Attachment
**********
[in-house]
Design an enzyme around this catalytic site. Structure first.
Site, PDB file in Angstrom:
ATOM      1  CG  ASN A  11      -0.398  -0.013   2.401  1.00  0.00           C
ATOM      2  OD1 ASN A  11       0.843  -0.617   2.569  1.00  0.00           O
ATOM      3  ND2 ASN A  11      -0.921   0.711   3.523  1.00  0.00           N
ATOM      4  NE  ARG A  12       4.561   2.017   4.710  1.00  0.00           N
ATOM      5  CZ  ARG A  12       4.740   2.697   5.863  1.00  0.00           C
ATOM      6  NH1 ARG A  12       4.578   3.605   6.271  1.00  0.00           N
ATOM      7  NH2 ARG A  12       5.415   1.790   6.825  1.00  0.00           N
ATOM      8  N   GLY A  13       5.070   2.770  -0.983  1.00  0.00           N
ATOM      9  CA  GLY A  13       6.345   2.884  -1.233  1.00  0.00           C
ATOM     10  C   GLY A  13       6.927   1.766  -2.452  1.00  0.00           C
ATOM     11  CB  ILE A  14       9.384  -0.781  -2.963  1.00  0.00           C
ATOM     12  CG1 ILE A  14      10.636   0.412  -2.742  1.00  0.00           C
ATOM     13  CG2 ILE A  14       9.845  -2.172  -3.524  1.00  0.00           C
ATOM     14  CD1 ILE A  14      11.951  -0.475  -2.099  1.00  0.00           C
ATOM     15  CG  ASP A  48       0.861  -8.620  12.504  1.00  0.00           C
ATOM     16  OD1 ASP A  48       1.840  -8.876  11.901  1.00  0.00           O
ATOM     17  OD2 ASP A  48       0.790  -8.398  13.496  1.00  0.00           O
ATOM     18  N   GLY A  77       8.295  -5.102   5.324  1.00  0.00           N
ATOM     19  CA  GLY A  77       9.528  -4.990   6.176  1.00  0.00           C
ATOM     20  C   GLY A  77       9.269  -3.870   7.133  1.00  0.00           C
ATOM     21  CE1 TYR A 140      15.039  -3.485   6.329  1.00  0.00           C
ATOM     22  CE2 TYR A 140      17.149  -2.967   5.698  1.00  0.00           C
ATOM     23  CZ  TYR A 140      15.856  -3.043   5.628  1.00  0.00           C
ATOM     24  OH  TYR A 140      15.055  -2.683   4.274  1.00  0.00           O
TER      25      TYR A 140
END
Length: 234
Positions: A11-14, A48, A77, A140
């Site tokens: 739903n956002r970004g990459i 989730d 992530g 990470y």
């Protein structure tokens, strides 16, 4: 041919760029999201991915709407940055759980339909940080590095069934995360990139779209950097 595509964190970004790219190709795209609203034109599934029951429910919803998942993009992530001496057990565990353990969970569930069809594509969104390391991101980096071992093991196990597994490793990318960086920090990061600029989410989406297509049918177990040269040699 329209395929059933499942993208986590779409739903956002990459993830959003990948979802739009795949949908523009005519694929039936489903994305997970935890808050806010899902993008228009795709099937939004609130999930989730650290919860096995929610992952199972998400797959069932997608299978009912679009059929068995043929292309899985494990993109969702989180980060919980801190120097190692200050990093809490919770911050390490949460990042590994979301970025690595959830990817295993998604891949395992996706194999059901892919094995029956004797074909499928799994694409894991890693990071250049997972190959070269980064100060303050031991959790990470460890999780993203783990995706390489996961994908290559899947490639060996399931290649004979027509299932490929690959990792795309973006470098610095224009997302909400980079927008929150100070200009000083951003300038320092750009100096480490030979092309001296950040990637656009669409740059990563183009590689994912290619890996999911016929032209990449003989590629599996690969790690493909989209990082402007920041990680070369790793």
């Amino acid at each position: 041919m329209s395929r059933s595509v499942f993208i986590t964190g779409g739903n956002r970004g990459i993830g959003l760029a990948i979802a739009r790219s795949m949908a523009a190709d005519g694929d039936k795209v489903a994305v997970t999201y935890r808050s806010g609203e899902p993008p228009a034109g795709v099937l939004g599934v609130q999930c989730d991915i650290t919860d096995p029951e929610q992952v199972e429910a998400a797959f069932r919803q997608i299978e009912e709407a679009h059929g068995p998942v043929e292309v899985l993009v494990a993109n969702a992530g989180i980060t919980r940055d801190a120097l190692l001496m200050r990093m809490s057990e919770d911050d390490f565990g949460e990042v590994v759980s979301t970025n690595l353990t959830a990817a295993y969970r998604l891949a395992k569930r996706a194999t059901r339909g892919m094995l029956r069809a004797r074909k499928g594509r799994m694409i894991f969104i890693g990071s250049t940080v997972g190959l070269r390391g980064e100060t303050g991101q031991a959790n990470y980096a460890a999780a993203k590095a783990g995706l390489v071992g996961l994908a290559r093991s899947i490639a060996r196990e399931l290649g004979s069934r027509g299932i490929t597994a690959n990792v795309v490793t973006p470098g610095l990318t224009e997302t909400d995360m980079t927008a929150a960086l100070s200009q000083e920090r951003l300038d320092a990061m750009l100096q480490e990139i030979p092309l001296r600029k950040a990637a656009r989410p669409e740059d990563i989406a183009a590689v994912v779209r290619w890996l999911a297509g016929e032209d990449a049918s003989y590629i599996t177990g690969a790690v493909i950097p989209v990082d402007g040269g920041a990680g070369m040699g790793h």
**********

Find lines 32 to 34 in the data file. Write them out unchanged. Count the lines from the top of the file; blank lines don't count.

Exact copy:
């Site tokens: 739903n956002r970004g990459i 989730d 992530g 990470y």
């Protein structure tokens, strides 16, 4: 041919760029999201991915709407940055759980339909940080590095069934995360990139779209950097 595509964190970004790219190709795209609203034109599934029951429910919803998942993009992530001496057990565990353990969970569930069809594509969104390391991101980096071992093991196990597994490793990318960086920090990061600029989410989406297509049918177990040269040699 329209395929059933499942993208986590779409739903956002990459993830959003990948979802739009795949949908523009005519694929039936489903994305997970935890808050806010899902993008228009795709099937939004609130999930989730650290919860096995929610992952199972998400797959069932997608299978009912679009059929068995043929292309899985494990993109969702989180980060919980801190120097190692200050990093809490919770911050390490949460990042590994979301970025690595959830990817295993998604891949395992996706194999059901892919094995029956004797074909499928799994694409894991890693990071250049997972190959070269980064100060303050031991959790990470460890999780993203783990995706390489996961994908290559899947490639060996399931290649004979027509299932490929690959990792795309973006470098610095224009997302909400980079927008929150100070200009000083951003300038320092750009100096480490030979092309001296950040990637656009669409740059990563183009590689994912290619890996999911016929032209990449003989590629599996690969790690493909989209990082402007920041990680070369790793």
């Amino acid at each position: 041919m329209s395929r059933s595509v499942f993208i986590t964190g779409g739903n956002r970004g990459i993830g959003l760029a990948i979802a739009r790219s795949m949908a523009a190709d005519g694929d039936k795209v489903a994305v997970t999201y935890r808050s806010g609203e899902p993008p228009a034109g795709v099937l939004g599934v609130q999930c989730d991915i650290t919860d096995p029951e929610q992952v199972e429910a998400a797959f069932r919803q997608i299978e009912e709407a679009h059929g068995p998942v043929e292309v899985l993009v494990a993109n969702a992530g989180i980060t919980r940055d801190a120097l190692l001496m200050r990093m809490s057990e919770d911050d390490f565990g949460e990042v590994v759980s979301t970025n690595l353990t959830a990817a295993y969970r998604l891949a395992k569930r996706a194999t059901r339909g892919m094995l029956r069809a004797r074909k499928g594509r799994m694409i894991f969104i890693g990071s250049t940080v997972g190959l070269r390391g980064e100060t303050g991101q031991a959790n990470y980096a460890a999780a993203k590095a783990g995706l390489v071992g996961l994908a290559r093991s899947i490639a060996r196990e399931l290649g004979s069934r027509g299932i490929t597994a690959n990792v795309v490793t973006p470098g610095l990318t224009e997302t909400d995360m980079t927008a929150a960086l100070s200009q000083e920090r951003l300038d320092a990061m750009l100096q480490e990139i030979p092309l001296r600029k950040a990637a656009r989410p669409e740059d990563i989406a183009a590689v994912v779209r290619w890996l999911a297509g016929e032209d990449a049918s003989y590629i599996t177990g690969a790690v493909i950097p989209v990082d402007g040269g920041a990680g070369m040699g790793h």